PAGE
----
Feeling overwhelmed can lead to meltdowns. While some reactions may seem extreme, they are often a result of the person feeling out of control and unable to process the situation. It is important to remain calm during a meltdown and provide a safe place for the person to calm down.
Communication can be difficult for many autistic people. Some may have difficulty understanding verbal and non-verbal cues. They may also struggle with maintaining eye contact or using appropriate body language. As a result, they may not be able to express their feelings or needs effectively, making it hard for them to connect with others.
There’s a wide range of symptoms and outcomes associated with autism, affecting people differently. However, one thing all autistic people have in common is that they often face unique challenges that can be difficult to understand. With the right support, these individuals can lead full and meaningful lives.

The consequences of late diagnoses

Without an early diagnosis, individuals may struggle for years trying to fit in and understand why they are different from others. As adults, autistic people may have difficulty with social situations, making and keeping friends, finding work or other activities that align with their interests, and developing self-awareness and understanding of their own behaviour.

It is estimated that 1 in 59 children are affected by ASD, yet there are many undiagnosed cases of autism.
For those who are undiagnosed, life can be incredibly difficult. Without proper diagnosis and support, people can feel lost and isolated, struggling to make sense of their experiences. This can lead to serious mental health issues such as depression and anxiety.
Additionally, many undiagnosed autistic people suffer from physical pain due to sensory processing issues. This can include headaches, stomach-aches, and other physical discomforts that can be hard to pinpoint and diagnose. The inability to properly manage these symptoms often leads to emotional distress. It further isolates individuals with autism who are already feeling disconnected from their peers.
Finally, the lack of a diagnosis can have serious implications for an autistic person’s future. Without an accurate diagnosis, it is difficult for doctors and therapists to provide adequate support for mental health or sensory processing issues. Without proper support, many people struggle to find meaningful employment or relationships, leading to further isolation and hardship. They may also experience higher levels of stress and feelings of isolation. In addition, they may lack the support they need to help them manage the challenges they face due to their autism.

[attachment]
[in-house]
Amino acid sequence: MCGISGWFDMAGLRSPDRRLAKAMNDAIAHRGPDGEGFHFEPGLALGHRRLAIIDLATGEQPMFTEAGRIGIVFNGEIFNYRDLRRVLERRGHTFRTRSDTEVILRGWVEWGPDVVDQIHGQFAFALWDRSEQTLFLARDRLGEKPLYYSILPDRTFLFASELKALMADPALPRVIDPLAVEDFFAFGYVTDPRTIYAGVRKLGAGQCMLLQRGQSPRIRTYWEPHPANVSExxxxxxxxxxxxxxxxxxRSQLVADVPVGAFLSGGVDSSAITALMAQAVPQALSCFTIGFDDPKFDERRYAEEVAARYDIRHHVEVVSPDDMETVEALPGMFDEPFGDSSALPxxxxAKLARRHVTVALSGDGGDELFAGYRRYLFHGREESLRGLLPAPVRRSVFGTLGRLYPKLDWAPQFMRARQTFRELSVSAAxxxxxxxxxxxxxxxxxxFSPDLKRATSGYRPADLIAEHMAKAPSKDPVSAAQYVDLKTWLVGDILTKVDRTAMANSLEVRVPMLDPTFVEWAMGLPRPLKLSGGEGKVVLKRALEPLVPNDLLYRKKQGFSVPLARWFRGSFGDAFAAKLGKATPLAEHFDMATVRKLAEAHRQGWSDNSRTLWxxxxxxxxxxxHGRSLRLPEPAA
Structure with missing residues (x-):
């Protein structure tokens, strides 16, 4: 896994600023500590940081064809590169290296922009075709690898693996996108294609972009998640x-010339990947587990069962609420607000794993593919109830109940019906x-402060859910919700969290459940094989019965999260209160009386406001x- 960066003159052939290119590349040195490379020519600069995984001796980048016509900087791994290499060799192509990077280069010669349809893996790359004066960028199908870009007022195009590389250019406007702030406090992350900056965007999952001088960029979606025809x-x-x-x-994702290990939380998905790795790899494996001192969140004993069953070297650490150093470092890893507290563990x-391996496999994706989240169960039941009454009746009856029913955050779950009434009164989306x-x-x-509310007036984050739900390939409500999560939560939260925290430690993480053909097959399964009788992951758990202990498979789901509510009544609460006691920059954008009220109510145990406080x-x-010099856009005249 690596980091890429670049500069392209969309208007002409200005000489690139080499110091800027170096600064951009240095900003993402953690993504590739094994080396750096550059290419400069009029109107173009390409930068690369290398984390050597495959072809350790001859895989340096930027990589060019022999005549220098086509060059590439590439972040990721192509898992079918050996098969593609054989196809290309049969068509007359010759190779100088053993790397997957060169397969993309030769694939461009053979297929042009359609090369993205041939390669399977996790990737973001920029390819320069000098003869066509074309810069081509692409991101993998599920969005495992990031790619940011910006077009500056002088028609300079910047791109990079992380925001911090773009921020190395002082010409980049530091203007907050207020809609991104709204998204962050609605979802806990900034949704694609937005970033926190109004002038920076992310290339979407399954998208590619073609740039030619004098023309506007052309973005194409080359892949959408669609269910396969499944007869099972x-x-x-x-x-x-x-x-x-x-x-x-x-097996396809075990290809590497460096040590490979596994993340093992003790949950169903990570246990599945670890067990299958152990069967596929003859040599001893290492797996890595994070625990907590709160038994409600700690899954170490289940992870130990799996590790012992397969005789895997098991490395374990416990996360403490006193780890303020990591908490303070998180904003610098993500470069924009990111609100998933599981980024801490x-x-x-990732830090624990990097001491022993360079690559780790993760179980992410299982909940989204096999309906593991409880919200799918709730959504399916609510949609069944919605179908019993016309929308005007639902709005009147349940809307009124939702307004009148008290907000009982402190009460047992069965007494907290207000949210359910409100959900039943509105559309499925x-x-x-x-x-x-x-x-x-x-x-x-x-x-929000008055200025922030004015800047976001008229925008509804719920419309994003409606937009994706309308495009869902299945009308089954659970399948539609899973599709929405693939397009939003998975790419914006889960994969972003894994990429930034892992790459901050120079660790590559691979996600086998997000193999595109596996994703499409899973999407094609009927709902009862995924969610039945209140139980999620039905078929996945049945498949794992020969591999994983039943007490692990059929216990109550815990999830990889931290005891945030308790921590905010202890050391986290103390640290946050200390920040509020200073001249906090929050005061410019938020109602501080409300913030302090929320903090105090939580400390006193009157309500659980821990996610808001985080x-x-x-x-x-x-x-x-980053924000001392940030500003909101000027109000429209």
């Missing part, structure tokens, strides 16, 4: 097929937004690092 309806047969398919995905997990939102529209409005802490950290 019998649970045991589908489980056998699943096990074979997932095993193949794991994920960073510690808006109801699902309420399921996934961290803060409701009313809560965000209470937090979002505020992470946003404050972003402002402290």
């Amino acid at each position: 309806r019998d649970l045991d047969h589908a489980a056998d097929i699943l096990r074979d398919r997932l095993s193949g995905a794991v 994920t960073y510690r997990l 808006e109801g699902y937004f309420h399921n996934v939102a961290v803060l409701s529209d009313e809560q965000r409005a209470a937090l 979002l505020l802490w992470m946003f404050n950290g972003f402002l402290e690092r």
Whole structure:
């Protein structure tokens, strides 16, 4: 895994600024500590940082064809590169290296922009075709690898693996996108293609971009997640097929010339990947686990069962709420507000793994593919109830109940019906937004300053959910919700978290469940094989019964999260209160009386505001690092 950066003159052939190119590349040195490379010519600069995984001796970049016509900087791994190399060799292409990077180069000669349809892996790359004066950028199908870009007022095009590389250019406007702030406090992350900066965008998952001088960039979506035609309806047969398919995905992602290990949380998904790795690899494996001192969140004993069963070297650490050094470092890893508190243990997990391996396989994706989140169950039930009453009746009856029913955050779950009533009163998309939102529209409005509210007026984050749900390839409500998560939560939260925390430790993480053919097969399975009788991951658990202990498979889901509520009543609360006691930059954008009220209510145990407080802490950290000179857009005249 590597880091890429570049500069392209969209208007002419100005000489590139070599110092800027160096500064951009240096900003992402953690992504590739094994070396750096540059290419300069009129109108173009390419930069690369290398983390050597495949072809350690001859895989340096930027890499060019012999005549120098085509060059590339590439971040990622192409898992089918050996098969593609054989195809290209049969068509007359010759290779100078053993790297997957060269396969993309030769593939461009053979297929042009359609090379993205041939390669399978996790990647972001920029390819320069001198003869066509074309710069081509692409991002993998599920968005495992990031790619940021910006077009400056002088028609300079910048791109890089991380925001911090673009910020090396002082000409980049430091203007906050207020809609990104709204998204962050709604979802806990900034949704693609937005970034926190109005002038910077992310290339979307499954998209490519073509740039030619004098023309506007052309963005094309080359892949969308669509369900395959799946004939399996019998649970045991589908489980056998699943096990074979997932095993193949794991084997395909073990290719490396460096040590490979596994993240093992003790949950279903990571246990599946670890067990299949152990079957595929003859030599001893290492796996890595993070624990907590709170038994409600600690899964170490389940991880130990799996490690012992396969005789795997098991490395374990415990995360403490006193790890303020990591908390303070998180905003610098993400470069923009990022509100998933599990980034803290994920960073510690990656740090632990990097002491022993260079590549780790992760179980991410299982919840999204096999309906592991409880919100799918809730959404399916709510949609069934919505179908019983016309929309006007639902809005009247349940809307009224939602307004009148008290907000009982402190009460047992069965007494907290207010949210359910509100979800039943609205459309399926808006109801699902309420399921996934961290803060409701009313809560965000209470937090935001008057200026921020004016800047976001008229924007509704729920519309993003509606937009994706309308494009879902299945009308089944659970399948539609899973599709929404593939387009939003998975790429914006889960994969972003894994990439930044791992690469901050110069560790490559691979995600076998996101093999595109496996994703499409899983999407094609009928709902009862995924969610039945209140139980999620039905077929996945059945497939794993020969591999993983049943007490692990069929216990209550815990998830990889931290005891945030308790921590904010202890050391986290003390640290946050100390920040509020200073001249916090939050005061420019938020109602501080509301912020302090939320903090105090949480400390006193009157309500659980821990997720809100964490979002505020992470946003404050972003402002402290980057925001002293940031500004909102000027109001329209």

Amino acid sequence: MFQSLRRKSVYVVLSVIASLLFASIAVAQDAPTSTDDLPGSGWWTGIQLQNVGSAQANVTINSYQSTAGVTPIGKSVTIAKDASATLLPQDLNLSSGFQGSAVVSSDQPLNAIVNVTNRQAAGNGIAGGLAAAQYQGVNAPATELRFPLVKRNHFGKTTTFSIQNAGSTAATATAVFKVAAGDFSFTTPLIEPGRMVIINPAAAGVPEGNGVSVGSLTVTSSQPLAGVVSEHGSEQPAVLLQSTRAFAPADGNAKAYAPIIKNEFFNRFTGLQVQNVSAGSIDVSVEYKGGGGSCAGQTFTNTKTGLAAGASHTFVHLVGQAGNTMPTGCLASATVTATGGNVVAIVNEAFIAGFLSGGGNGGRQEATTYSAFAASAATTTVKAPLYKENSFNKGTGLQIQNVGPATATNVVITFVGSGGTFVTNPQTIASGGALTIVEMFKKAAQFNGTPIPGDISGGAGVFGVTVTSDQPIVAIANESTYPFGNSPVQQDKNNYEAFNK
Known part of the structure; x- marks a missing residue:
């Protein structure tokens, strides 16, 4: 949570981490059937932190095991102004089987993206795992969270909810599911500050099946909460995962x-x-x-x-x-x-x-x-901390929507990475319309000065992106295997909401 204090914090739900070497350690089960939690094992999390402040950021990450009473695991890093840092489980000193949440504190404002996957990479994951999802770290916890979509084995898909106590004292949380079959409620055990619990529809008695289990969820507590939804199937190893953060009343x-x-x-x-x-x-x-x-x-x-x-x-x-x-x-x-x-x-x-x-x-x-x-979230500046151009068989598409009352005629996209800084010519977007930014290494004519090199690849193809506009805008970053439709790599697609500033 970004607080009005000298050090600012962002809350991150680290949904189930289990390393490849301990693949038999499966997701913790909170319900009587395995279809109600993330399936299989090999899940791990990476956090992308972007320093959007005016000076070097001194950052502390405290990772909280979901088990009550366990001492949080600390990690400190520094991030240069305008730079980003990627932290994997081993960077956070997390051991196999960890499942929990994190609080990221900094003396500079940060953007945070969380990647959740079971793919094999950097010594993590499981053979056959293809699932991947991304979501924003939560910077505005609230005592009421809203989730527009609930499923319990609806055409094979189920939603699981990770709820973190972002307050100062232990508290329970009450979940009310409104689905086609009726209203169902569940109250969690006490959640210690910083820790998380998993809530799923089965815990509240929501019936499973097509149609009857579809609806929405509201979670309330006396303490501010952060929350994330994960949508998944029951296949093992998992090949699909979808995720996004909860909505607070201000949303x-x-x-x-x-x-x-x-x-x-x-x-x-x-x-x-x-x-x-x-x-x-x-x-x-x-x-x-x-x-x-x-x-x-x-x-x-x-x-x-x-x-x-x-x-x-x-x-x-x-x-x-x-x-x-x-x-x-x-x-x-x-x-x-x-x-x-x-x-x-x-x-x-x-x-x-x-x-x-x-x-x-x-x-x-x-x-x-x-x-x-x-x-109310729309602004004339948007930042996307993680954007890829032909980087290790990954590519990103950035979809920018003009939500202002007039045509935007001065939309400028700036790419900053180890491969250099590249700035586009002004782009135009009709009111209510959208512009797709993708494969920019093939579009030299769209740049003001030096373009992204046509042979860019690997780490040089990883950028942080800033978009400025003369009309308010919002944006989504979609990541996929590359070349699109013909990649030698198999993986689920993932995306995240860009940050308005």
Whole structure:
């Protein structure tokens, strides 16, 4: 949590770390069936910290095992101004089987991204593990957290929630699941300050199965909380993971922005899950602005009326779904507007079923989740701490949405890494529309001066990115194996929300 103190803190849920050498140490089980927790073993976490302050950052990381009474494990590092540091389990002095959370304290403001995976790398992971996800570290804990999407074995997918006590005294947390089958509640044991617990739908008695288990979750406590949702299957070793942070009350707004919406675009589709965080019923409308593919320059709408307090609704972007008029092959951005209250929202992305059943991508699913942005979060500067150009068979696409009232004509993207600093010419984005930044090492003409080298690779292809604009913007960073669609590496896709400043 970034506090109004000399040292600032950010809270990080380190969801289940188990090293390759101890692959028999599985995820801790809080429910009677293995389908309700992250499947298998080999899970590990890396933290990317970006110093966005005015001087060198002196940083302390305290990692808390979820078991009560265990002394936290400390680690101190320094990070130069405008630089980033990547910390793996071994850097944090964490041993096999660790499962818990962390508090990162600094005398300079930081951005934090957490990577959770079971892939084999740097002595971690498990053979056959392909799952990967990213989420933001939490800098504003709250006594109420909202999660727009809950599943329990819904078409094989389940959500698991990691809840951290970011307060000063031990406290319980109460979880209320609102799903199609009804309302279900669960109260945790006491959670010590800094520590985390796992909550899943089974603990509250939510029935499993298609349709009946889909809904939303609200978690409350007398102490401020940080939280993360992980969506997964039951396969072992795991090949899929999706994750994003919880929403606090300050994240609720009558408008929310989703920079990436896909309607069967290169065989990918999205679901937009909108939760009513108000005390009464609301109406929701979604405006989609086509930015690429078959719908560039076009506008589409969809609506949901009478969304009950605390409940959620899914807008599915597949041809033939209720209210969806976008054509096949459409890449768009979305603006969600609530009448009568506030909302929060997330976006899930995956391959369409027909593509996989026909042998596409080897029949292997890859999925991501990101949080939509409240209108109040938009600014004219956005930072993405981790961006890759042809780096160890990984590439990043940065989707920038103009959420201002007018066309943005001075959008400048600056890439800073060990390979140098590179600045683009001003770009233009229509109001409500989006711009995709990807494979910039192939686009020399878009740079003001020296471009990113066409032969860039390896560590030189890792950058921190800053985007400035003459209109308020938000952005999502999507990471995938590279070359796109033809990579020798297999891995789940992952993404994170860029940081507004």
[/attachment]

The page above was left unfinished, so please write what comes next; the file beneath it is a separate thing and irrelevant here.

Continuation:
It is important for everyone to have access to the right resources and support to help them manage their autism and its associated challenges. Early diagnosis is essential for helping people identify their strengths and needs, so that they can live full and happy lives.
No one should have to go through life without understanding why they feel the way they do. To combat this issue, we need to increase awareness about autism and reduce the stigma surrounding its diagnosis. With better understanding, more autistic people can receive the help and support they need to lead fulfilling lives.


  • “The Reason I Jump: The Inner Voice of a Thirteen-Year-Old Boy with Autism” by Naoki Higashida – This book offers a first-hand account of autism from the perspective of a young boy with nonverbal autism, providing valuable insights into the sensory experiences and thought processes of individuals on the spectrum.
  • “Neurotribes: The Legacy of Autism and the Future of Neurodiversity” by Steve Silberman – This book explores the history of autism and challenges traditional views of the disorder. It emphasizes the concept of neurodiversity and celebrates the unique strengths and contributions of autistic individuals.
  • “Uniquely Human: A Different Way of Seeing Autism” by Barry M. Prizant – Drawing on his extensive experience as a clinician, Prizant explores the sensory and emotional experiences of individuals with autism. He offers practical strategies for understanding and supporting individuals on the spectrum.
  • “Fall Down 7 Times Get Up 8: A Young Man’s Voice from the Silence of Autism” by Naoki Higashida – Written as a sequel to “The Reason I Jump,” this book provides further insights into the life and experiences of Naoki Higashida, offering a deeper understanding of autism from his perspective.
  • “Thinking in Pictures: My Life with Autism” by Temple Grandin – Temple Grandin, a renowned autism advocate, shares her personal experiences and provides an inside look into how her mind works. This book offers valuable perspectives on sensory sensitivities, visual thinking, and the strengths of individuals with autism.

These books help broaden one’s understanding of autism, its challenges, and the unique experiences of individuals on the spectrum.